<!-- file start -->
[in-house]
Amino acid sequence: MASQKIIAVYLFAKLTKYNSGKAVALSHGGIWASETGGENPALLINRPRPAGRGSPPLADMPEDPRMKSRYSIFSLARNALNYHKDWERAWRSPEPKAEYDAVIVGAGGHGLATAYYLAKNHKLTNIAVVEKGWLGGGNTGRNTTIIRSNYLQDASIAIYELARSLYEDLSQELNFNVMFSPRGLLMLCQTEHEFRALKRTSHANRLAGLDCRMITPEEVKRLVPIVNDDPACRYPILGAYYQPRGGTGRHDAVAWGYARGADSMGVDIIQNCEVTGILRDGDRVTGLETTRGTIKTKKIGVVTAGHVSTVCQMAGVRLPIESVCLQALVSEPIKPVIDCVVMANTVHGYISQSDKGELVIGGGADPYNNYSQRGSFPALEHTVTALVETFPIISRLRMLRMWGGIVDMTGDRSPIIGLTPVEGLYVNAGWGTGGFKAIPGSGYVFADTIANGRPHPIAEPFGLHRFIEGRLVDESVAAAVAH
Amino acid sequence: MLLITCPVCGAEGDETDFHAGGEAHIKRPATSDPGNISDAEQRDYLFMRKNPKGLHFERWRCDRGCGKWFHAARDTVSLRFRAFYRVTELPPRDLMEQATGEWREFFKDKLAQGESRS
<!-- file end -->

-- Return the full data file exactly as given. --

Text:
[in-house]
Amino acid sequence: MASQKIIAVYLFAKLTKYNSGKAVALSHGGIWASETGGENPALLINRPRPAGRGSPPLADMPEDPRMKSRYSIFSLARNALNYHKDWERAWRSPEPKAEYDAVIVGAGGHGLATAYYLAKNHKLTNIAVVEKGWLGGGNTGRNTTIIRSNYLQDASIAIYELARSLYEDLSQELNFNVMFSPRGLLMLCQTEHEFRALKRTSHANRLAGLDCRMITPEEVKRLVPIVNDDPACRYPILGAYYQPRGGTGRHDAVAWGYARGADSMGVDIIQNCEVTGILRDGDRVTGLETTRGTIKTKKIGVVTAGHVSTVCQMAGVRLPIESVCLQALVSEPIKPVIDCVVMANTVHGYISQSDKGELVIGGGADPYNNYSQRGSFPALEHTVTALVETFPIISRLRMLRMWGGIVDMTGDRSPIIGLTPVEGLYVNAGWGTGGFKAIPGSGYVFADTIANGRPHPIAEPFGLHRFIEGRLVDESVAAAVAH
Amino acid sequence: MLLITCPVCGAEGDETDFHAGGEAHIKRPATSDPGNISDAEQRDYLFMRKNPKGLHFERWRCDRGCGKWFHAARDTVSLRFRAFYRVTELPPRDLMEQATGEWREFFKDKLAQGESRS